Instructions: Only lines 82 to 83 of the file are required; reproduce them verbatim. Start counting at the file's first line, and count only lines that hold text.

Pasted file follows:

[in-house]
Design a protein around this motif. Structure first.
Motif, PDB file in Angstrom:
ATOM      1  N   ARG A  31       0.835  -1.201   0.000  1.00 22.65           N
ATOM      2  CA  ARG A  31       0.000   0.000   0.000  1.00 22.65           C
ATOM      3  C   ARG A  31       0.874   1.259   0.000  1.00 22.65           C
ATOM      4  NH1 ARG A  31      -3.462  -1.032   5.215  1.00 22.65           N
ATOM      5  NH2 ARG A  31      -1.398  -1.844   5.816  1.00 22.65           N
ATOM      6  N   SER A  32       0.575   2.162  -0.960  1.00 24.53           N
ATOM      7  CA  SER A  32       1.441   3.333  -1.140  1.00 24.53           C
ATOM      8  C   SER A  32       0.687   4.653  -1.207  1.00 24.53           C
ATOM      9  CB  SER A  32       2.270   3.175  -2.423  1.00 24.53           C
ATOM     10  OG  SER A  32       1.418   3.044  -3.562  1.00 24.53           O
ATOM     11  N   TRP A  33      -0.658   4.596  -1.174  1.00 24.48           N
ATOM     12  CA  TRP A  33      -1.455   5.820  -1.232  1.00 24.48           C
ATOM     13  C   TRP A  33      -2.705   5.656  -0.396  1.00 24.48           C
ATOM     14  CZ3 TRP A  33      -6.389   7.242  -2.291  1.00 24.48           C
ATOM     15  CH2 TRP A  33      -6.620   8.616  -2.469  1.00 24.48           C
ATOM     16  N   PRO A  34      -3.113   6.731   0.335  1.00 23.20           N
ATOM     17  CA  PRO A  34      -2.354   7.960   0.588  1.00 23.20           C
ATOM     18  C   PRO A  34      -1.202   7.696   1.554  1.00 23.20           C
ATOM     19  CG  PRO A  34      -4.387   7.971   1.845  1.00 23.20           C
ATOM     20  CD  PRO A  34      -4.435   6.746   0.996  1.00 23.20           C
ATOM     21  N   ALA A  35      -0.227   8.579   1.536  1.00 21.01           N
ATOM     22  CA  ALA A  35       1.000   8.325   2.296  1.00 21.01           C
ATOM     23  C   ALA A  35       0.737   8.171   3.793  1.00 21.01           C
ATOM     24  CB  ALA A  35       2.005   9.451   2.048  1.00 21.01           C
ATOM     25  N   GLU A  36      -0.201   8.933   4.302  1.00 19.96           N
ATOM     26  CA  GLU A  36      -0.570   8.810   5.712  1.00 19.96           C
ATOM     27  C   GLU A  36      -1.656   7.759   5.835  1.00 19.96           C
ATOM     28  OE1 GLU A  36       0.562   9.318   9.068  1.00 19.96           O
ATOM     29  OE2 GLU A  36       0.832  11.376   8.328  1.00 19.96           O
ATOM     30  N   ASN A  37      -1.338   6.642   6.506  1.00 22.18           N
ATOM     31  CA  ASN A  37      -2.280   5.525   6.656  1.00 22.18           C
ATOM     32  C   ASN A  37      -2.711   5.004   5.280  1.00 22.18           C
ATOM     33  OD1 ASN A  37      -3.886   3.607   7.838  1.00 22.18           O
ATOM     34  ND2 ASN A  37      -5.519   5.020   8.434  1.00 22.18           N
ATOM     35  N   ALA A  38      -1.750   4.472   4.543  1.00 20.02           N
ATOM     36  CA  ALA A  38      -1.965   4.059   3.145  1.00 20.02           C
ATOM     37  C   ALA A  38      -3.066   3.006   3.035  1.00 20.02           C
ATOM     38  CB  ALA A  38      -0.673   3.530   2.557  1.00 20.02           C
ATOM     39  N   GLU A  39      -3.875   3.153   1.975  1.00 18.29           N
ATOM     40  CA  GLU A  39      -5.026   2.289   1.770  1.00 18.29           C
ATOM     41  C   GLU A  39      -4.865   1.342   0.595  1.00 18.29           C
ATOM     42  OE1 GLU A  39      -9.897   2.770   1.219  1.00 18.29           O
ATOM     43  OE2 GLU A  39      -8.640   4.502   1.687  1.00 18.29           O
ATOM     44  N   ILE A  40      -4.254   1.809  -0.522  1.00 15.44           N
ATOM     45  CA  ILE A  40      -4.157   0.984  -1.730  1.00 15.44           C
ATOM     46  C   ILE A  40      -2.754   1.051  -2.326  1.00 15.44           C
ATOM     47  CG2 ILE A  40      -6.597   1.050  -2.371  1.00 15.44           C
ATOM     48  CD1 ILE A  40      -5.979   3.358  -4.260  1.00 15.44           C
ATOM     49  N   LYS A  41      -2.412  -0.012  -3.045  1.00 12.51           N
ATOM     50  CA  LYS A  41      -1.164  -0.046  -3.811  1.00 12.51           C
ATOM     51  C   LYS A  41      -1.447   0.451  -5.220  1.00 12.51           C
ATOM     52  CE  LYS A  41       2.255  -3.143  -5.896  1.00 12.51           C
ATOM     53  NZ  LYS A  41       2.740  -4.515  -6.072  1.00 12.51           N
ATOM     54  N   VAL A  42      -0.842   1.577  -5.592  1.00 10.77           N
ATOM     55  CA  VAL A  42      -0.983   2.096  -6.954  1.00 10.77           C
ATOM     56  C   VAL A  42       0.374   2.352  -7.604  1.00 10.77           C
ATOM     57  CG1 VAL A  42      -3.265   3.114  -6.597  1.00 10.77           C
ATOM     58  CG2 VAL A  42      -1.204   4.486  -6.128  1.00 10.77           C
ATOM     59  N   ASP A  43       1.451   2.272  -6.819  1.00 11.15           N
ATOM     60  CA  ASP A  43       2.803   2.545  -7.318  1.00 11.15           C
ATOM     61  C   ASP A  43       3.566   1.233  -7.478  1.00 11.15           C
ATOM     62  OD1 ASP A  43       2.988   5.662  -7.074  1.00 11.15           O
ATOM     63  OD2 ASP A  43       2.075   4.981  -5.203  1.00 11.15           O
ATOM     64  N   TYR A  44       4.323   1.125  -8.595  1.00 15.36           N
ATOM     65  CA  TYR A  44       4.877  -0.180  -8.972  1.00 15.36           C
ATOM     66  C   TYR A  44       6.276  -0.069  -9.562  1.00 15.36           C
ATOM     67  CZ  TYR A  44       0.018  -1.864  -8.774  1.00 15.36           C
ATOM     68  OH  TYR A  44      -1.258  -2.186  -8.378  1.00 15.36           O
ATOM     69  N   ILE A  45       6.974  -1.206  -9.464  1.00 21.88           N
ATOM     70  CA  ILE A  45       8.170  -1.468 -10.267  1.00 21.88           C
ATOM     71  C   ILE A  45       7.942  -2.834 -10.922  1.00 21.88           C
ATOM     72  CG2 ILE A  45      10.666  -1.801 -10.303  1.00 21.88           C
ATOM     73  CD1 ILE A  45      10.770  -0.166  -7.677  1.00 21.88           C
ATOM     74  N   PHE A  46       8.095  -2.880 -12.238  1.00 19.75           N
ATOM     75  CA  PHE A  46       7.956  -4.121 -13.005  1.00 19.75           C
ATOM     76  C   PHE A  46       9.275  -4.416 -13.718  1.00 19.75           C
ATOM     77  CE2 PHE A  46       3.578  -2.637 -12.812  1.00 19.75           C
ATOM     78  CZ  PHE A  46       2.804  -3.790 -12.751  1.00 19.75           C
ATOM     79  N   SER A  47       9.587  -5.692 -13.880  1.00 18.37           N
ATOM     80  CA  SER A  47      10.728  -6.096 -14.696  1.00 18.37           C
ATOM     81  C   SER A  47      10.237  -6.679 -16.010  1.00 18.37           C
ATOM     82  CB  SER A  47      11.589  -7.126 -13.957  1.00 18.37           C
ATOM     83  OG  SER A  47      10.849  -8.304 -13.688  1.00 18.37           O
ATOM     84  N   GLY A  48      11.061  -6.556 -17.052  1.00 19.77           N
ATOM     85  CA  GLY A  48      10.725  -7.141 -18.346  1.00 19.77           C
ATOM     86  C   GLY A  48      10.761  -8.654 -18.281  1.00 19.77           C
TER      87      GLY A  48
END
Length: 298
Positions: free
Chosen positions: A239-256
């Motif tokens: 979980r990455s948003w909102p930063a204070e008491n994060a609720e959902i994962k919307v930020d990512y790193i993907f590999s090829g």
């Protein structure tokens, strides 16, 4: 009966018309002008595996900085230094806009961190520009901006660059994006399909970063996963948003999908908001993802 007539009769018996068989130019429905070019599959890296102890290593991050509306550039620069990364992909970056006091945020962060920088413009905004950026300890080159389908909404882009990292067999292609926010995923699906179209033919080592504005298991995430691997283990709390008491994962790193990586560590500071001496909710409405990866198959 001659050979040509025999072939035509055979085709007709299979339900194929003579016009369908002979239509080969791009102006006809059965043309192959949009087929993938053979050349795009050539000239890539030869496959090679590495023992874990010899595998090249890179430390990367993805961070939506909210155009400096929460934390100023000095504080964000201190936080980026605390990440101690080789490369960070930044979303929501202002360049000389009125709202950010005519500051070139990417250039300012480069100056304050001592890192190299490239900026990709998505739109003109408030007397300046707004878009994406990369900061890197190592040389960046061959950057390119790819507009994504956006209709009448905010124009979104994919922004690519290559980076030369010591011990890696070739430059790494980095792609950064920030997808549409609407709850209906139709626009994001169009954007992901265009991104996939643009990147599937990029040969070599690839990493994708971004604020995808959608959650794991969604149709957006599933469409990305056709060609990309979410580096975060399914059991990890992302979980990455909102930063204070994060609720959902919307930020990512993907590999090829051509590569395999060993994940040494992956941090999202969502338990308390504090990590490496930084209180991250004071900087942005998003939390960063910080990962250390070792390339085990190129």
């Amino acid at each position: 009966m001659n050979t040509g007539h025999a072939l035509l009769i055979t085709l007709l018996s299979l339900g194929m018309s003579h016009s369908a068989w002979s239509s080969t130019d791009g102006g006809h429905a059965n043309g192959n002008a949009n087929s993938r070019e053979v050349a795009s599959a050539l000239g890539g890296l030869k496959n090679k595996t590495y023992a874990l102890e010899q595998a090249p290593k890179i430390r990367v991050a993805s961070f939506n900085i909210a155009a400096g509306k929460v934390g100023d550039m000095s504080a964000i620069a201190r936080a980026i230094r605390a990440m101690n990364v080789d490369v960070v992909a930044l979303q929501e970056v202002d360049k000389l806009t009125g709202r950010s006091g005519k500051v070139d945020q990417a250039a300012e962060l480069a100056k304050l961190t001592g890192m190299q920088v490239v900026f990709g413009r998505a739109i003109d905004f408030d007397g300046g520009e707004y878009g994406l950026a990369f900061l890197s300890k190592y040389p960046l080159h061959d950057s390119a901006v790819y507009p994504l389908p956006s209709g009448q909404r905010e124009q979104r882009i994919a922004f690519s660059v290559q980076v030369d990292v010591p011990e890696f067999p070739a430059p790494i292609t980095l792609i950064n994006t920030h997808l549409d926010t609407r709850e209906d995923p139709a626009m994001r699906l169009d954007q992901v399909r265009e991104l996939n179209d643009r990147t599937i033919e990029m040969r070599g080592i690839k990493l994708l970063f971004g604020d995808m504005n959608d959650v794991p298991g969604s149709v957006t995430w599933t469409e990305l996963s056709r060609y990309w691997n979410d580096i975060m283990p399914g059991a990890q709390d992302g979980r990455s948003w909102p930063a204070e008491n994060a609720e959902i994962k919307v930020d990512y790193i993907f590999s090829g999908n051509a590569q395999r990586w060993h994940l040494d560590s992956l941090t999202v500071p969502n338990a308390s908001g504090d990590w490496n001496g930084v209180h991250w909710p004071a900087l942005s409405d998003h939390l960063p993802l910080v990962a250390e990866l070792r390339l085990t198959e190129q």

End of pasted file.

ATOM     79  N   SER A  47       9.587  -5.692 -13.880  1.00 18.37           N
ATOM     80  CA  SER A  47      10.728  -6.096 -14.696  1.00 18.37           C